The research suggests women in poorer countries don't get enough access to preventative measures and cancer diagnosis.
The American Cancer Society has warned there could be a significant worldwide rise in cancer deaths among women over the next 15 years. This will not only impact the lives of so many people but also the economies of each country affected.
The study estimates that 5.5 million women could die of cancer by 2030 due to an increase in population and more poorer countries not having the necessary preventative procedures available for women to get diagnosed and treated. Data from 2012 saw more affluent countries with higher cancer rates but this may be because of the more attainable diagnosis processes and established healthcare programs for screening cancer.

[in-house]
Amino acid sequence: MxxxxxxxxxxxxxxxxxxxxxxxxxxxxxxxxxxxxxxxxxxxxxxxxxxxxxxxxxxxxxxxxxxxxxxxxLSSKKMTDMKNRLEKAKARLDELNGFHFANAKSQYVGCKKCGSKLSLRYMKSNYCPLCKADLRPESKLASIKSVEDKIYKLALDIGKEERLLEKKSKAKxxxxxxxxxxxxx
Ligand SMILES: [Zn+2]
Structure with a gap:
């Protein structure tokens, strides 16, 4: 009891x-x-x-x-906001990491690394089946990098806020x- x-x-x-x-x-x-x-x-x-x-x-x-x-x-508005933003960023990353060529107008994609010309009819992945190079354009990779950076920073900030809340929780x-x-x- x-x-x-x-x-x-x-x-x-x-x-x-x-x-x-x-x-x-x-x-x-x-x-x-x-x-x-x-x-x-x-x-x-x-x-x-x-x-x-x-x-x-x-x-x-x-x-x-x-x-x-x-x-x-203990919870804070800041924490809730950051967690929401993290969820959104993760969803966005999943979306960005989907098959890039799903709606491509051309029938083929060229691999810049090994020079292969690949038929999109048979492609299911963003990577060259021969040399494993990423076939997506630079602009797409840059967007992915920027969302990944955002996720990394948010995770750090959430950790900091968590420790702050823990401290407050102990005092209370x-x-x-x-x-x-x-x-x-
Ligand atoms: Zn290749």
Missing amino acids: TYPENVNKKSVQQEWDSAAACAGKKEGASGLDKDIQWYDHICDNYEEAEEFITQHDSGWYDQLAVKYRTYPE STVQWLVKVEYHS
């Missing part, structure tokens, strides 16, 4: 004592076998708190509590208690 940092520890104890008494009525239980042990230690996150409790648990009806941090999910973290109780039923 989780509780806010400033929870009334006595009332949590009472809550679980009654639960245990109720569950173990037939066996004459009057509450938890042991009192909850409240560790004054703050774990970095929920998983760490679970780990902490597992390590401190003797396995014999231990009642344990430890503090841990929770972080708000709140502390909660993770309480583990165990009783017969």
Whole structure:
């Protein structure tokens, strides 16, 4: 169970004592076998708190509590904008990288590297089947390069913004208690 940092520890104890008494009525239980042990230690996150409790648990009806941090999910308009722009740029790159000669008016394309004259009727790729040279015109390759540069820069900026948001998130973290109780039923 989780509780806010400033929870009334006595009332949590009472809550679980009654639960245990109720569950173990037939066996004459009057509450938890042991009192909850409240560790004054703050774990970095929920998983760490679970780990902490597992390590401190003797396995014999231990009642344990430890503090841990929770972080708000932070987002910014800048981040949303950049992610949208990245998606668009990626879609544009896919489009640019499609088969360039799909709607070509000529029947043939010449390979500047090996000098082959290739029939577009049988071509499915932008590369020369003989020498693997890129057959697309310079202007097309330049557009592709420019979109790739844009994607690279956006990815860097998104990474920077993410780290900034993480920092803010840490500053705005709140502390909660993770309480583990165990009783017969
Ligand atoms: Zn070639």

Co-author of the study, Sally Cowal stated that the women most effected by cancer death are young and middle-aged – a key demographic when it comes to a country’s population and economy. A sixty percent rise in deaths could have a significant impact on birth rates.
The worst off country for female cancer deaths were in African and Asia including Kenya, Zimbabwe, Mongolia and Papua New Guinea. However, countries such as Australia, Canada and the U.S. saw a marked improvement since records in 2012, according to a Tech Times report.
More regulations on tobacco use and an improvement in healthcare treatments are thought to go towards a rise in women cancer survival rates in America and much of Europe.
According to the Centers for Disease Control and Prevention (CDC) the largest cause of cancer deaths among women in the U.S. is lung cancer, followed by breast cancer and then colorectal cancer.
The study was presented at the World Cancer Congress in Paris, France.